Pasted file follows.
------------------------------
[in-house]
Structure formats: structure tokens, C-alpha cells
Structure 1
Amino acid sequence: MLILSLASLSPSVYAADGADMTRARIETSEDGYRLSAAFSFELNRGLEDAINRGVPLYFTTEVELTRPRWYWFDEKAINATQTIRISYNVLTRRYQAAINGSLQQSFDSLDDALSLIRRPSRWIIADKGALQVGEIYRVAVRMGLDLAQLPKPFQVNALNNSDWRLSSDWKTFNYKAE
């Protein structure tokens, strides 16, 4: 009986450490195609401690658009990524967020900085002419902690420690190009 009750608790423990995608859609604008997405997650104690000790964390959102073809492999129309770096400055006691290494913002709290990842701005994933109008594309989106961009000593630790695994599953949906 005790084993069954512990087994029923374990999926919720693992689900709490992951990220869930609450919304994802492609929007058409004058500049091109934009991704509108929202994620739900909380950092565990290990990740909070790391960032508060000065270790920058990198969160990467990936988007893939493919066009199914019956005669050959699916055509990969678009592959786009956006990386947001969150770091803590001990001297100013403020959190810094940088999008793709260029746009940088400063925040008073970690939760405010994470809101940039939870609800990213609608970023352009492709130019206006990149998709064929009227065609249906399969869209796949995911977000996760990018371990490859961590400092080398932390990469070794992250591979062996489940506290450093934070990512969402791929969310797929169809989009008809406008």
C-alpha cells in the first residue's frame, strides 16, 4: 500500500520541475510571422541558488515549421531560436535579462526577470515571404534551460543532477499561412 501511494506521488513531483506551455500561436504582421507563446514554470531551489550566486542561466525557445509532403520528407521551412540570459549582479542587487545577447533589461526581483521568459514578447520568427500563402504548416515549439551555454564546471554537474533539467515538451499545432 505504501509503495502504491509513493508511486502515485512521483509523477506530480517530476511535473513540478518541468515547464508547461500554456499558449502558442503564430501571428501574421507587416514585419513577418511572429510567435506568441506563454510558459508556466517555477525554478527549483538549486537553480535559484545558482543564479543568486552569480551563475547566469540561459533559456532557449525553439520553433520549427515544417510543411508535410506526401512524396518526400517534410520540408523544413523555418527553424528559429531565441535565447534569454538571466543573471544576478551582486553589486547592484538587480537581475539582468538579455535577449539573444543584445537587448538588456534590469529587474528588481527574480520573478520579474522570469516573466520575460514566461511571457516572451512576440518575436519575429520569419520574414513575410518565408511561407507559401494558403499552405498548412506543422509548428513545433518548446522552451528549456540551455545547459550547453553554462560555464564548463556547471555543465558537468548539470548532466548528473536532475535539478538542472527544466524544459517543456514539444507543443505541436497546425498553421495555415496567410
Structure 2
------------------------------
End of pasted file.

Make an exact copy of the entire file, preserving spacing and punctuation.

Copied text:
[in-house]
Structure formats: structure tokens, C-alpha cells
Structure 1
Amino acid sequence: MLILSLASLSPSVYAADGADMTRARIETSEDGYRLSAAFSFELNRGLEDAINRGVPLYFTTEVELTRPRWYWFDEKAINATQTIRISYNVLTRRYQAAINGSLQQSFDSLDDALSLIRRPSRWIIADKGALQVGEIYRVAVRMGLDLAQLPKPFQVNALNNSDWRLSSDWKTFNYKAE
């Protein structure tokens, strides 16, 4: 009986450490195609401690658009990524967020900085002419902690420690190009 009750608790423990995608859609604008997405997650104690000790964390959102073809492999129309770096400055006691290494913002709290990842701005994933109008594309989106961009000593630790695994599953949906 005790084993069954512990087994029923374990999926919720693992689900709490992951990220869930609450919304994802492609929007058409004058500049091109934009991704509108929202994620739900909380950092565990290990990740909070790391960032508060000065270790920058990198969160990467990936988007893939493919066009199914019956005669050959699916055509990969678009592959786009956006990386947001969150770091803590001990001297100013403020959190810094940088999008793709260029746009940088400063925040008073970690939760405010994470809101940039939870609800990213609608970023352009492709130019206006990149998709064929009227065609249906399969869209796949995911977000996760990018371990490859961590400092080398932390990469070794992250591979062996489940506290450093934070990512969402791929969310797929169809989009008809406008």
C-alpha cells in the first residue's frame, strides 16, 4: 500500500520541475510571422541558488515549421531560436535579462526577470515571404534551460543532477499561412 501511494506521488513531483506551455500561436504582421507563446514554470531551489550566486542561466525557445509532403520528407521551412540570459549582479542587487545577447533589461526581483521568459514578447520568427500563402504548416515549439551555454564546471554537474533539467515538451499545432 505504501509503495502504491509513493508511486502515485512521483509523477506530480517530476511535473513540478518541468515547464508547461500554456499558449502558442503564430501571428501574421507587416514585419513577418511572429510567435506568441506563454510558459508556466517555477525554478527549483538549486537553480535559484545558482543564479543568486552569480551563475547566469540561459533559456532557449525553439520553433520549427515544417510543411508535410506526401512524396518526400517534410520540408523544413523555418527553424528559429531565441535565447534569454538571466543573471544576478551582486553589486547592484538587480537581475539582468538579455535577449539573444543584445537587448538588456534590469529587474528588481527574480520573478520579474522570469516573466520575460514566461511571457516572451512576440518575436519575429520569419520574414513575410518565408511561407507559401494558403499552405498548412506543422509548428513545433518548446522552451528549456540551455545547459550547453553554462560555464564548463556547471555543465558537468548539470548532466548528473536532475535539478538542472527544466524544459517543456514539444507543443505541436497546425498553421495555415496567410
Structure 2